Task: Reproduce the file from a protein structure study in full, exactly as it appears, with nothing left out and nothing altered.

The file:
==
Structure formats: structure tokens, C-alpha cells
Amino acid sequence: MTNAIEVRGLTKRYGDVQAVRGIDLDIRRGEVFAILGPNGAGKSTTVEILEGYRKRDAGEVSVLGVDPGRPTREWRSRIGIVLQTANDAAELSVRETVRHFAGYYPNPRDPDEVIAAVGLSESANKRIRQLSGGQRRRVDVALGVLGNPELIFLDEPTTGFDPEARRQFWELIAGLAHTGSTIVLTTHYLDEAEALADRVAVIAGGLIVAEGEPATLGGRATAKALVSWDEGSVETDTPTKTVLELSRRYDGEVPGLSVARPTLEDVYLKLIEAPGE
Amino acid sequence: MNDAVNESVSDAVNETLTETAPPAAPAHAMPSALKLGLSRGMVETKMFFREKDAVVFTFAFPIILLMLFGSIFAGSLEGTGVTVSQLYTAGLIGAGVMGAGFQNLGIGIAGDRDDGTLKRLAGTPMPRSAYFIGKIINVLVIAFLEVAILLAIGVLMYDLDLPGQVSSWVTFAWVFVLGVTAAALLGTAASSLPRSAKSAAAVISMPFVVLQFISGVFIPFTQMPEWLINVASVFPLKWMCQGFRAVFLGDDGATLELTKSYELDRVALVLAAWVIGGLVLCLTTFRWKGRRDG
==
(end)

Structure formats: structure tokens, C-alpha cells
Amino acid sequence: MTNAIEVRGLTKRYGDVQAVRGIDLDIRRGEVFAILGPNGAGKSTTVEILEGYRKRDAGEVSVLGVDPGRPTREWRSRIGIVLQTANDAAELSVRETVRHFAGYYPNPRDPDEVIAAVGLSESANKRIRQLSGGQRRRVDVALGVLGNPELIFLDEPTTGFDPEARRQFWELIAGLAHTGSTIVLTTHYLDEAEALADRVAVIAGGLIVAEGEPATLGGRATAKALVSWDEGSVETDTPTKTVLELSRRYDGEVPGLSVARPTLEDVYLKLIEAPGE
Amino acid sequence: MNDAVNESVSDAVNETLTETAPPAAPAHAMPSALKLGLSRGMVETKMFFREKDAVVFTFAFPIILLMLFGSIFAGSLEGTGVTVSQLYTAGLIGAGVMGAGFQNLGIGIAGDRDDGTLKRLAGTPMPRSAYFIGKIINVLVIAFLEVAILLAIGVLMYDLDLPGQVSSWVTFAWVFVLGVTAAALLGTAASSLPRSAKSAAAVISMPFVVLQFISGVFIPFTQMPEWLINVASVFPLKWMCQGFRAVFLGDDGATLELTKSYELDRVALVLAAWVIGGLVLCLTTFRWKGRRDG